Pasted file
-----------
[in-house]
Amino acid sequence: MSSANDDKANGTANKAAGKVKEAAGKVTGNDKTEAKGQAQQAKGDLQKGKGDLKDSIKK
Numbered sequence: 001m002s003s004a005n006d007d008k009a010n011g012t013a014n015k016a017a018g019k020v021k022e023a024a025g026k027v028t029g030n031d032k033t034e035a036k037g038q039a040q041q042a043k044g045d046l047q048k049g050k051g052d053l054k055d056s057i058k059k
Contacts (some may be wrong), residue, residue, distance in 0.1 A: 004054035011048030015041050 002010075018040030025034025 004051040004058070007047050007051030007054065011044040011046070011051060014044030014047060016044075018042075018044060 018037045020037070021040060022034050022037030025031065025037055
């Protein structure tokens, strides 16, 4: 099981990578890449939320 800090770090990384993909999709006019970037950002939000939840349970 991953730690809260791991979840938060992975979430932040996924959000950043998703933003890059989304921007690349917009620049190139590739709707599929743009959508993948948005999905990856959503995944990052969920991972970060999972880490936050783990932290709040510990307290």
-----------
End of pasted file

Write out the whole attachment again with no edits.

[in-house]
Amino acid sequence: MSSANDDKANGTANKAAGKVKEAAGKVTGNDKTEAKGQAQQAKGDLQKGKGDLKDSIKK
Numbered sequence: 001m002s003s004a005n006d007d008k009a010n011g012t013a014n015k016a017a018g019k020v021k022e023a024a025g026k027v028t029g030n031d032k033t034e035a036k037g038q039a040q041q042a043k044g045d046l047q048k049g050k051g052d053l054k055d056s057i058k059k
Contacts (some may be wrong), residue, residue, distance in 0.1 A: 004054035011048030015041050 002010075018040030025034025 004051040004058070007047050007051030007054065011044040011046070011051060014044030014047060016044075018042075018044060 018037045020037070021040060022034050022037030025031065025037055
């Protein structure tokens, strides 16, 4: 099981990578890449939320 800090770090990384993909999709006019970037950002939000939840349970 991953730690809260791991979840938060992975979430932040996924959000950043998703933003890059989304921007690349917009620049190139590739709707599929743009959508993948948005999905990856959503995944990052969920991972970060999972880490936050783990932290709040510990307290």